Borrowing From Pickman’s Library: Robert W. Chambers’s “The Yellow Sign”

Welcome back to the Lovecraft reread, in which two modern Mythos writers get girl cooties all over old Howard’s sandbox, from those who inspired him to those who were inspired in turn.

Today we’re looking at Robert W. Chambers’s “The Yellow Sign,” first published in his 1895 The King in Yellow collection. Spoilers ahead.

[“Oh the sin of writing such words—words which are clear as crystal, limpid and musical as bubbling springs…”]

Series: The Lovecraft Reread

Joseph Fiennes Joins Hulu’s The Handmaid’s Tale as The Commander

Hulu’s adaptation of Margaret Atwood’s dystopian novel The Handmaid’s Tale is getting its cast together before it commences production this fall. Deadline reports that Joseph Fiennes (Shakespeare in LoveCamelotAmerican Horror Story) will play Commander Fred Waterford—the Fred in Offred, the name of the eponymous handmaid played by Elisabeth Moss.

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Join Author Nisi Shawl on her Everfair Tour!

Next month, Nisi Shawl is heading out on tour with her new novel, Everfair, a Neo-Victorian alternate history that explores the question of what might have come of Belgium’s disastrous colonization of the Congo if the native populations had learned about steam technology a bit earlier. Shawl tells her story through a multiplicity of characters from Africans to Europeans to East Asians to African Americans, all in complex relationships with one another, in a compelling range of voices that have historically been silenced.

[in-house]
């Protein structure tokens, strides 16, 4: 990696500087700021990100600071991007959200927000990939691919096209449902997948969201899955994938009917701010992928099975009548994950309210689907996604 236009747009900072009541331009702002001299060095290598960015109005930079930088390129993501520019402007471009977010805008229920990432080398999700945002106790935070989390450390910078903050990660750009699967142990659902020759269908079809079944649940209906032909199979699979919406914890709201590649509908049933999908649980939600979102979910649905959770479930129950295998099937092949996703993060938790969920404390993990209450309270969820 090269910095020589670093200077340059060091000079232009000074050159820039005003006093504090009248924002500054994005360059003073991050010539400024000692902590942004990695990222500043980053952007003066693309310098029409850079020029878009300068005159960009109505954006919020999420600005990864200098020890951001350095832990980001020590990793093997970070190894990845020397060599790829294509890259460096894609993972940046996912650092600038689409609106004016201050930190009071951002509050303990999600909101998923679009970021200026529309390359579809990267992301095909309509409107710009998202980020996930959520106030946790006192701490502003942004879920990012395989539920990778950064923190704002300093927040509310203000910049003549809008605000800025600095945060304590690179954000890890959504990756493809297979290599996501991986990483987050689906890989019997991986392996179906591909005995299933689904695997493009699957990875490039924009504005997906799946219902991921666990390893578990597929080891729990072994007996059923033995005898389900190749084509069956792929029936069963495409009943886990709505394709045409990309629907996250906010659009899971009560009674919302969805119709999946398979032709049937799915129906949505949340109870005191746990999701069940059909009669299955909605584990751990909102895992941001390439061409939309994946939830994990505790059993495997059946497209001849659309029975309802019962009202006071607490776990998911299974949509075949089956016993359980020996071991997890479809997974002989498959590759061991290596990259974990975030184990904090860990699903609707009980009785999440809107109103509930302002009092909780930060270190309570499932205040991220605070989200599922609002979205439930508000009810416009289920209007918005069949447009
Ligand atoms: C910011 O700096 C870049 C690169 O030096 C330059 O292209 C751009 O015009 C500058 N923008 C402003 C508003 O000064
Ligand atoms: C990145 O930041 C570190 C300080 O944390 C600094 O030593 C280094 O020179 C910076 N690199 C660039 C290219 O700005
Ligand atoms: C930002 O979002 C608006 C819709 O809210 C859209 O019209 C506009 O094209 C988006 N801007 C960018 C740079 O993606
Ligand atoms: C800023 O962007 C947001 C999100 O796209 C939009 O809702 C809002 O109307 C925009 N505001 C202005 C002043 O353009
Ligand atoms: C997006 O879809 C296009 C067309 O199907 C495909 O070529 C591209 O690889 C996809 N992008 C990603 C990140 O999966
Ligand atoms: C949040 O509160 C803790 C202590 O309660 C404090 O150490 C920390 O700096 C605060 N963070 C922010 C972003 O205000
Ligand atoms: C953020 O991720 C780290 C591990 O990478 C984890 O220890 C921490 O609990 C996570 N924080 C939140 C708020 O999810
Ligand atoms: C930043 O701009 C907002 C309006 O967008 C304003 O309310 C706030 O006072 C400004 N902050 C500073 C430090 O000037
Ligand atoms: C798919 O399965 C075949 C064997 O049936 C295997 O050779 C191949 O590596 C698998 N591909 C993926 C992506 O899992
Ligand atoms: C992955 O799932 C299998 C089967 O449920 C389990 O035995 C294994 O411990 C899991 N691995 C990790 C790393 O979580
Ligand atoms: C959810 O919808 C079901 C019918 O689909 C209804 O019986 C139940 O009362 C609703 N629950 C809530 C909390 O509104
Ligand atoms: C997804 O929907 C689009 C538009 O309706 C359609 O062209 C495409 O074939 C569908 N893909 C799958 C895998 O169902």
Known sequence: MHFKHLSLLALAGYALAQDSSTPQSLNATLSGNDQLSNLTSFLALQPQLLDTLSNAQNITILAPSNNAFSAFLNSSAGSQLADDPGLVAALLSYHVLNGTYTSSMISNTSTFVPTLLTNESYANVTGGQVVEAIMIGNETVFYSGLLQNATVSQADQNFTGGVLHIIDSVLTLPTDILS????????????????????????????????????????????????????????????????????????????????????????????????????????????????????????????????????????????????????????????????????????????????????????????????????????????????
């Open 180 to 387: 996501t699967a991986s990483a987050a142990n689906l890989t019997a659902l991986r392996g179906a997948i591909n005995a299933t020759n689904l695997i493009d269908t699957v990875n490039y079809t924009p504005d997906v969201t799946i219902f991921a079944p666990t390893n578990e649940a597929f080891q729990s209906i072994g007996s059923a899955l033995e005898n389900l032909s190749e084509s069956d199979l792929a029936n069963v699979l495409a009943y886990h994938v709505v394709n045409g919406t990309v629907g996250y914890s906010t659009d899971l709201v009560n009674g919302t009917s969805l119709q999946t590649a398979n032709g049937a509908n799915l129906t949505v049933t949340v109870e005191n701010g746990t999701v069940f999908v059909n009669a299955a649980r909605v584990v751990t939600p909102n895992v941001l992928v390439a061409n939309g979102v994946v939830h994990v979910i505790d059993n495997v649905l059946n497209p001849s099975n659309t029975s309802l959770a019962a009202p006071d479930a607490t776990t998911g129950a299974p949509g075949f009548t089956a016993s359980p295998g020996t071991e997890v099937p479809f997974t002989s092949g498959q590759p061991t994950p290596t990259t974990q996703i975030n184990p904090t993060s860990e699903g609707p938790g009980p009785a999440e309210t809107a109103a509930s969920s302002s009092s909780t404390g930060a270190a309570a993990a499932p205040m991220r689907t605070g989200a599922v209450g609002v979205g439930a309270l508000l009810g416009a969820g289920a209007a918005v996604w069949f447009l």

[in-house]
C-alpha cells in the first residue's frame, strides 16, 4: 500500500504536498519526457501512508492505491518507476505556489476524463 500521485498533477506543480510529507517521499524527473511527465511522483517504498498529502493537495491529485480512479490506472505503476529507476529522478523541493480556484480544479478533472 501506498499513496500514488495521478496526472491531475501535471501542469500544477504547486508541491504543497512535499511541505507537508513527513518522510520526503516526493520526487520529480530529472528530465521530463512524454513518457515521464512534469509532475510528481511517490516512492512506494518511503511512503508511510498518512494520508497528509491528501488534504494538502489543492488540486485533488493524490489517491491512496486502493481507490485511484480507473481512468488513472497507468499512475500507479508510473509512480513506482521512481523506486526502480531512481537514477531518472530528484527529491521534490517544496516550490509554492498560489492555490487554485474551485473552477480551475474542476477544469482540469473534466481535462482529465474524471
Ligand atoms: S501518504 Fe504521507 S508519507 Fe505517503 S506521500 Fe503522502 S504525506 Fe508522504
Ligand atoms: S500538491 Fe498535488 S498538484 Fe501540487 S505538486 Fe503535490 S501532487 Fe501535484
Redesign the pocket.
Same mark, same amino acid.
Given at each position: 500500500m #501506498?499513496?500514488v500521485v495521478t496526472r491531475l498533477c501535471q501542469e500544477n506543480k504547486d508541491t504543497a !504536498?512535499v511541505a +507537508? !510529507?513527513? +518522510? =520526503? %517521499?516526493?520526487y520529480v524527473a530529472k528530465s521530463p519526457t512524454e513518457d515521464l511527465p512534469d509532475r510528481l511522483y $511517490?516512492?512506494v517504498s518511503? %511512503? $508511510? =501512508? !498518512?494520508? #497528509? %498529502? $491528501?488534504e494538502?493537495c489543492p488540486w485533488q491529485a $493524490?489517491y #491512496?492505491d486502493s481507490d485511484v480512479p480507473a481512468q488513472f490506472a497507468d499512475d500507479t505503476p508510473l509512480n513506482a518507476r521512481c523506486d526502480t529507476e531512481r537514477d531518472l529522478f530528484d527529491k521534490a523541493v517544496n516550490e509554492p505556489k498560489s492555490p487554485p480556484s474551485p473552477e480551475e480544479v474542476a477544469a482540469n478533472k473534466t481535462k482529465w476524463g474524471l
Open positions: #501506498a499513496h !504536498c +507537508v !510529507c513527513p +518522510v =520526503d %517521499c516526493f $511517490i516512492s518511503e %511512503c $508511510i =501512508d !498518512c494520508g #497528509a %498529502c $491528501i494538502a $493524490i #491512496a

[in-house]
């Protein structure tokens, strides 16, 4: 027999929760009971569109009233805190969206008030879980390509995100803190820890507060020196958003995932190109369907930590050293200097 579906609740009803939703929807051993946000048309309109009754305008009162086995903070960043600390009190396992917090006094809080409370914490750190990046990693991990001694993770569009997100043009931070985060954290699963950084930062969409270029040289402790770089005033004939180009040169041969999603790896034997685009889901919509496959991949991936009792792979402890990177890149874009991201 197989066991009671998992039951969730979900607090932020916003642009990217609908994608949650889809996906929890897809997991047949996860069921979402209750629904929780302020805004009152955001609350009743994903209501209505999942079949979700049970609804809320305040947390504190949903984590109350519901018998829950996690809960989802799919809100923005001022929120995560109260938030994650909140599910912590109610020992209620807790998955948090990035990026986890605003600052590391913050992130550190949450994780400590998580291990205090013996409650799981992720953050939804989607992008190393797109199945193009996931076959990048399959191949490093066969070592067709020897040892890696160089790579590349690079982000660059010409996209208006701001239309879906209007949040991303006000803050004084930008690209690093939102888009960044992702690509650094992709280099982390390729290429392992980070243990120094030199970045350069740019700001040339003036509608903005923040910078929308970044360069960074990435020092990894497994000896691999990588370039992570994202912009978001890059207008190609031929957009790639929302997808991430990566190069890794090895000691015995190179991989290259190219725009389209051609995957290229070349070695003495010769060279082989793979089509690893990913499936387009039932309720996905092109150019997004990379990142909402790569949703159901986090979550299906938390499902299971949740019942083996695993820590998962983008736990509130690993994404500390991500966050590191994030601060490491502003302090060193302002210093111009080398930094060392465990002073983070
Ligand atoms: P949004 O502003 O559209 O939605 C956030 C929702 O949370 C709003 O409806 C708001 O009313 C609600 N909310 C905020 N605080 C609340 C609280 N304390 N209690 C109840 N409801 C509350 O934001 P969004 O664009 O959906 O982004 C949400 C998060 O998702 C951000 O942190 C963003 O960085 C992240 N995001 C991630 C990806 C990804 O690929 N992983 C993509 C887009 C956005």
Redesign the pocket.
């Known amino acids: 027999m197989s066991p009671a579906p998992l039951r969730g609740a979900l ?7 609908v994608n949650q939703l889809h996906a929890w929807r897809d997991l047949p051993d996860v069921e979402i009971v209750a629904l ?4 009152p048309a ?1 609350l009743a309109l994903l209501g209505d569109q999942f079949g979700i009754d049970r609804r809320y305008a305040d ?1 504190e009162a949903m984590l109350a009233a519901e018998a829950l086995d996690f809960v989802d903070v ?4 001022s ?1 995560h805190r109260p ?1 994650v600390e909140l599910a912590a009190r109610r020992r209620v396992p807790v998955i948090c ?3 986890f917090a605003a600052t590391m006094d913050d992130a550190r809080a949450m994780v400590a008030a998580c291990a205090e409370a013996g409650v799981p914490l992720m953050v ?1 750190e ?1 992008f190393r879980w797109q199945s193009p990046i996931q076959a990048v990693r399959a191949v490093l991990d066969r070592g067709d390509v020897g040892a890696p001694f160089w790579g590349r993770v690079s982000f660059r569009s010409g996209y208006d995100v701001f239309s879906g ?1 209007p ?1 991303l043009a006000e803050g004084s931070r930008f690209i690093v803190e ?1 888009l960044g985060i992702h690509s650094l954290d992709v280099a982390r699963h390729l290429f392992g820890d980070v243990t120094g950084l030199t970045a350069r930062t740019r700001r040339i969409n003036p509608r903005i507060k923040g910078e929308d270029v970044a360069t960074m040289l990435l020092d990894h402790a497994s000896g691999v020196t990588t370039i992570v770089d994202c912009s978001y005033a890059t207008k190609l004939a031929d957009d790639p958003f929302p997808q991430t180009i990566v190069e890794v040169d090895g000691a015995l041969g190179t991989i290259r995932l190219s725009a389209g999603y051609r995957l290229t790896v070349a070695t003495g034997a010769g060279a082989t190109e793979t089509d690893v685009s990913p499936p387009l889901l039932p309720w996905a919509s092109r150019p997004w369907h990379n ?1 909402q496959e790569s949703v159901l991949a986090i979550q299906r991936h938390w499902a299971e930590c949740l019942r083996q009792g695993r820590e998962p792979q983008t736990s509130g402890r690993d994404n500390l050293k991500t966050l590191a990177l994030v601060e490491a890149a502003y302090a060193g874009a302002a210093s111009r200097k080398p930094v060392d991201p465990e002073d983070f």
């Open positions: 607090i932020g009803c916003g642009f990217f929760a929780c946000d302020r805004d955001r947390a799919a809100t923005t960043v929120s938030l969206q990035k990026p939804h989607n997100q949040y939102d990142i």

Everfair is available September 6th from Tor Books, and you can read an excerpt from the novel here on Tor.com. Click through for the full September tour schedule to see if she’s coming to your town!

[Click through for tour dates!]

Maria Dahvana Headley and Victor LaValle in Conversation Over Frankenstein

This summer marks the 200th anniversary of Mary Shelley’s Frankenstein—and it holds a special place in our hearts as one of the forerunners of modern science fiction. While the book wasn’t published until 1818, the story was first conceived in 1816 during an iconic tale-spinning session she shared with Percy Shelley, Lord Byron, Claire Clairmont, and John Polidori while on a particularly rainy holiday in Geneva.

We wanted to take a moment to celebrate the novel, and we could think of no better way than asking authors Victor LaValle (The Ballad of Black Tom) and Maria Dahvana Headley (Magonia) to talk about Mary Shelley, Victor Frankenstein, and their various creations. Victor and Maria were kind enough to meet with me, Katharine Duckett (of Tor.com Publishing), and Irene Gallo for a lunchtime chat about monsters, motherhood, and Promethean desires, and I’ve done my best to round up the highlights of our conversation below!